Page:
Why? Because that battle has triggered a series of serious splits, not only in Momentum’s executive but its grassroots. A raft of local groups have thrown out the local leadership, mostly veterans of Corbyn’s campaign for the leadership, for what the friend of one defeated representative described as “people who believe the Canary [a pro-Corbyn politics website that is regularly accused of indulging and promoting conspiracy theories]”.

In a further series of reverses for the Lansmanite caucus, the North West, a Momentum stronghold since the organisation was founded just under a year ago, is slipping away from old allies of Lansman and towards the “new” left. As one insider put it, the transition is from longstanding members towards people who had been kicked out in the late 1980s and early 1990s by Neil Kinnock. The constituency party of Wallasey in particular is giving senior figures in Momentum headaches just as it is their opponents on the right of the party, with one lamenting that they have “lost control” of the group.

It now means that planned changes to Momentum’s structure, which the leadership had hoped to be rubberstamped by members, now face a fraught path to passage.

Adding to the organisation’s difficulties is the expected capture of James Schneider by the leader’s office. Schneider, who appears widely on television and radio as the public face of Momentum and is well-liked by journalists, has an offer on the table to join Jeremy Corbyn’s team at Westminster as a junior to Seumas Milne.

The move, while a coup for Corbyn, is one that Momentum – and some of Corbyn’s allies in the trade union movement – are keen to resist. Taking a job in the leader’s office would reduce still further the numbers of TV-friendly loyalists who can go on the airwaves and defend the leadership. There is frustration among the leader’s office that as well as Diane Abbott and John McDonnell, who are both considered to be both polished media performers and loyalists, TV bookers turn to Ken Livingstone, who is retired and unreliable, and Paul Mason, about whom opinions are divided within Momentum. Some regard Mason as a box office performer who needs a bigger role, others as a liability.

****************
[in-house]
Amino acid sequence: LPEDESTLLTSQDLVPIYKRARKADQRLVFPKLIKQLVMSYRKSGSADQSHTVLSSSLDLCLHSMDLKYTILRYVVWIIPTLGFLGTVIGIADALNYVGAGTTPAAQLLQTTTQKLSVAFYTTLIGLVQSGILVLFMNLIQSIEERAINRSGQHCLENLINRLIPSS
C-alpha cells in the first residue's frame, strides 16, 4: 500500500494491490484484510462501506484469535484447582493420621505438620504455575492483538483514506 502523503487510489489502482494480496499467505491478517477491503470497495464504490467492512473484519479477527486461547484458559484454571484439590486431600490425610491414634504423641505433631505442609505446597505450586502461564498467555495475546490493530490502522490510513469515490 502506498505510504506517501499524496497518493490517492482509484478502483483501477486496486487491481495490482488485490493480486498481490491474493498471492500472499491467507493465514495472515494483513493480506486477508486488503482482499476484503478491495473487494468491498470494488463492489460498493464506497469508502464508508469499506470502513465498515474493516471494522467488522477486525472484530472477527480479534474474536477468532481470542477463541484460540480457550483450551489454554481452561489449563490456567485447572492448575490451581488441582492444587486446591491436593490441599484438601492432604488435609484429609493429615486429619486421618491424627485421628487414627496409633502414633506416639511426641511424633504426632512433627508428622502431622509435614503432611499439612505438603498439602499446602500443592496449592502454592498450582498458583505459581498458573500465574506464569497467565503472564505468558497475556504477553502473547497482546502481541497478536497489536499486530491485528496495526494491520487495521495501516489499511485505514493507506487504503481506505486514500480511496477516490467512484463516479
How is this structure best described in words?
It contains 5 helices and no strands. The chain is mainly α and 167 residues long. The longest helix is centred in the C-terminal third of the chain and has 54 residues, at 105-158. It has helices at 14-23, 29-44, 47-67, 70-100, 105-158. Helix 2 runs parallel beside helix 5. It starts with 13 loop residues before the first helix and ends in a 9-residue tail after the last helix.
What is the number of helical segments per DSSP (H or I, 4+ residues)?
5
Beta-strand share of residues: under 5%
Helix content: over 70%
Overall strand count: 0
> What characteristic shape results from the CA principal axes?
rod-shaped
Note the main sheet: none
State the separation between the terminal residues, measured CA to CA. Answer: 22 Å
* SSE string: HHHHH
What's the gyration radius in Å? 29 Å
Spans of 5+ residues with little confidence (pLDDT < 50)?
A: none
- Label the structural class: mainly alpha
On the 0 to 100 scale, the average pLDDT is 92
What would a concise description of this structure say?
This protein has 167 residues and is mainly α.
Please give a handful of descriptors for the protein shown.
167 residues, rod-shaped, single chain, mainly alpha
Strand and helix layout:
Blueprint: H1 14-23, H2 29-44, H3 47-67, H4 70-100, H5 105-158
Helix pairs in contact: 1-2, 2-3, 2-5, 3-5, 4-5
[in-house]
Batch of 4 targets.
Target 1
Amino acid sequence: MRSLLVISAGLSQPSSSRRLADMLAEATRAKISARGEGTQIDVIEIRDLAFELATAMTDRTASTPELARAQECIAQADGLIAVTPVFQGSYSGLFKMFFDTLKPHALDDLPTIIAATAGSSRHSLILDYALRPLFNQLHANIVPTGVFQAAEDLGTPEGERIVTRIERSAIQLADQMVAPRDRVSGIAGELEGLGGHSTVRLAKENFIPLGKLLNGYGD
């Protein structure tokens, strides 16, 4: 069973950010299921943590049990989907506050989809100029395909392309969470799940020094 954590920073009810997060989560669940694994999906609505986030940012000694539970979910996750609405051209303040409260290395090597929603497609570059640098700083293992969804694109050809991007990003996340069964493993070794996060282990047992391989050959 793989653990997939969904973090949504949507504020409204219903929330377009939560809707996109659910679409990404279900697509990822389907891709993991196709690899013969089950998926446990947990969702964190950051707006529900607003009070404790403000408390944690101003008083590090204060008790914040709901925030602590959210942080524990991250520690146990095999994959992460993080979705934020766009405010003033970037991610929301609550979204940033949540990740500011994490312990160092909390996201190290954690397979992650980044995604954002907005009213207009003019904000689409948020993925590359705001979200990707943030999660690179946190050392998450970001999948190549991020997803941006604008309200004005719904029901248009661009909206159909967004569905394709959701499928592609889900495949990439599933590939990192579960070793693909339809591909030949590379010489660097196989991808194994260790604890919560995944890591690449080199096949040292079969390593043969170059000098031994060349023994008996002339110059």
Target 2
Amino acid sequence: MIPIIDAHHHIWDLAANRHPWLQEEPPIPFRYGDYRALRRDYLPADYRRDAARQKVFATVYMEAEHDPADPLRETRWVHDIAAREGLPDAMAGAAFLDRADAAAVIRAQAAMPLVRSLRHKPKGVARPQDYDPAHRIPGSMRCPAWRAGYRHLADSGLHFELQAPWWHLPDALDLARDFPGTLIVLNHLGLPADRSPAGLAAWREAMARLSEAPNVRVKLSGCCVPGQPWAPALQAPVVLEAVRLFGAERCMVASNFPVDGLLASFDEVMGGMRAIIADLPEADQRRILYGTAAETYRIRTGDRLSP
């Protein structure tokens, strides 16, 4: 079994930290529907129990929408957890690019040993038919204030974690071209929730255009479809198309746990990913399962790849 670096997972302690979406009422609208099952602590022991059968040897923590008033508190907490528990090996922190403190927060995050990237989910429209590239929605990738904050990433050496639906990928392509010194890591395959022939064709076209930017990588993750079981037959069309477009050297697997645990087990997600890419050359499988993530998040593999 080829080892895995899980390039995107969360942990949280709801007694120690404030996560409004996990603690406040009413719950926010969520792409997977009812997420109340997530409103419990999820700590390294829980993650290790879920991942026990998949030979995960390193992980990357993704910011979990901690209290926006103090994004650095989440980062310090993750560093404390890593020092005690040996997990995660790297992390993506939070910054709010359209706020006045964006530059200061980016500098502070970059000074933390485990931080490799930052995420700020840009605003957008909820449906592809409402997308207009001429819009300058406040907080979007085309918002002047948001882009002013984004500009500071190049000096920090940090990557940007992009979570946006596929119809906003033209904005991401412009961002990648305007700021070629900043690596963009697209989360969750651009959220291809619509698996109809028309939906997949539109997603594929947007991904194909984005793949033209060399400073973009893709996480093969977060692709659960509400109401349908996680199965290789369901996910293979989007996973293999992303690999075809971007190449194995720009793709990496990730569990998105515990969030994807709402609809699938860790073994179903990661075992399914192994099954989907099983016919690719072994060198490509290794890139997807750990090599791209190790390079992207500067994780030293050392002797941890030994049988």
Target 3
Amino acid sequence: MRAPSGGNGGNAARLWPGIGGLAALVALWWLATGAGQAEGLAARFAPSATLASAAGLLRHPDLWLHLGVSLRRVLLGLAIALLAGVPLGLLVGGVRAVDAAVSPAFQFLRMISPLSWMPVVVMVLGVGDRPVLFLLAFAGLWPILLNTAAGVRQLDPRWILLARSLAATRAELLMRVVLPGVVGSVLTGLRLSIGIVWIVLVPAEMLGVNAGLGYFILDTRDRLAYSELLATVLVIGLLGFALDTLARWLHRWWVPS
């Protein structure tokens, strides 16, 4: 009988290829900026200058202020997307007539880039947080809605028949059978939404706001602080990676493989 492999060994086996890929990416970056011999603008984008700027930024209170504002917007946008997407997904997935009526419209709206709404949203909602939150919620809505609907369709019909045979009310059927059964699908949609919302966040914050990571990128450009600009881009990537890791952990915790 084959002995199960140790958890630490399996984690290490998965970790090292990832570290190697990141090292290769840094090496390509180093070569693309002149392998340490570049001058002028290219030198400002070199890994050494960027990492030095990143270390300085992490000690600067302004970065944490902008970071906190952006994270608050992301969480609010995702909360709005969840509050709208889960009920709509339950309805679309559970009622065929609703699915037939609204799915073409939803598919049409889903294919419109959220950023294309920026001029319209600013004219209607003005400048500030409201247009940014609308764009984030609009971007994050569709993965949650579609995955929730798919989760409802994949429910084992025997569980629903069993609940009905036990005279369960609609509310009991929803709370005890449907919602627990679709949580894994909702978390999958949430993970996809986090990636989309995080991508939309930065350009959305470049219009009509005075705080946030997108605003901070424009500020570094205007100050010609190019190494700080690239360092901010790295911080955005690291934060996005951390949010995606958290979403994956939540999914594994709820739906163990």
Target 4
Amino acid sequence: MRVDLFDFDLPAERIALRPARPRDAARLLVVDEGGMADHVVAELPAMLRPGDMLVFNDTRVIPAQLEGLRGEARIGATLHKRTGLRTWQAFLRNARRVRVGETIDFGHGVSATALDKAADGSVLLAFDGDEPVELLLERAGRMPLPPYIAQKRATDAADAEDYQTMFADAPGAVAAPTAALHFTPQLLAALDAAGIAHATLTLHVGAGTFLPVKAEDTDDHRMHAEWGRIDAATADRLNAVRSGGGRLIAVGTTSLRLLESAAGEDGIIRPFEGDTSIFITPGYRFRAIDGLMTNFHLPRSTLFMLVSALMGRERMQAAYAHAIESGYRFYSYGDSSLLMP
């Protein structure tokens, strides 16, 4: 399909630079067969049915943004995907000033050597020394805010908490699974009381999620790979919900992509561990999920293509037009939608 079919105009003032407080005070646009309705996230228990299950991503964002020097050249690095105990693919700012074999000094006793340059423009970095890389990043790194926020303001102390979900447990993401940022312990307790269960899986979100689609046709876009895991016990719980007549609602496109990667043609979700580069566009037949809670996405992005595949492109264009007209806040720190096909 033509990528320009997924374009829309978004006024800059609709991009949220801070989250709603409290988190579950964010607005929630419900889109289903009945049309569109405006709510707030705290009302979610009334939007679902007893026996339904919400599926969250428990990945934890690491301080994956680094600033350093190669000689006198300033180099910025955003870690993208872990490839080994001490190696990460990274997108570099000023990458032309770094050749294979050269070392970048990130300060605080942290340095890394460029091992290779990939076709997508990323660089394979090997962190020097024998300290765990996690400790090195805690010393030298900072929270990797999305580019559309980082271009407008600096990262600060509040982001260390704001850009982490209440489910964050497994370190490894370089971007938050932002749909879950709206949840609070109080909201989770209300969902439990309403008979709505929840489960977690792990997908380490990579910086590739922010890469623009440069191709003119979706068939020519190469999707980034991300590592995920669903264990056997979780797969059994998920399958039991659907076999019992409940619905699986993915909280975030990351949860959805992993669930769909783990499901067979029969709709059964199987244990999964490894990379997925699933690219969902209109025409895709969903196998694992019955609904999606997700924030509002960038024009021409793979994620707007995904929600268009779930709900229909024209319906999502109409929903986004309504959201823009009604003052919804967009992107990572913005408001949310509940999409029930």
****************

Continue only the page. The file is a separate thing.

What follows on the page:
But all are agreed that Schneider’s expected departure will weaken the media presence of Corbyn loyalists and also damage Momentum. Schneider has spent much of his time not wrangling journalists but mediating in local branches and is regarded as instrumental in the places “where Momentum is working well” in the words of one trade unionist. (Cornwall is regarded as a particular example of what the organisation should be aiming towards)

It comes at a time when Momentum’s leadership is keen to focus both on its external campaigns but the struggle for control in the Labour party. Although Corbyn has never been stronger within the party, no Corbynite candidate has yet prevailed in a by-election, with the lack of available candidates at a council level regarded as part of the problem. Councilors face mandatory reselection as a matter of course, and the hope is that a bumper crop of pro-Corbyn local politicians will go on to form the bulk of the talent pool for vacant seats in future by-elections and in marginal seats at the general election.

But at present, a draining internal battle is sapping Momentum of much of its vitality. But Lansman retains two trump cards. The first is that as well as being the founder of the organisation, he is its de facto owner: the data from Jeremy Corbyn’s leadership campaigns, without which much of the organisation could not properly run, is owned by a limited company of which he is sole director. But “rolling it up and starting again” is very much the nuclear option, that would further delay the left’s hopes of consolidating its power base in the party.

The second trump card, however, is the tribalism of many of the key players at a local level, who will resist infiltration by groups to Labour’s left just as fiercely as many on the right. As one veteran of both Corbyn’s campaigns reflected: “If those who have spent 20 years attacking our party think they have waiting allies in the left of Labour, they are woefully mistaken”. 

Stephen Bush is special correspondent at the New Statesman. His daily briefing, Morning Call, provides a quick and essential guide to British politics.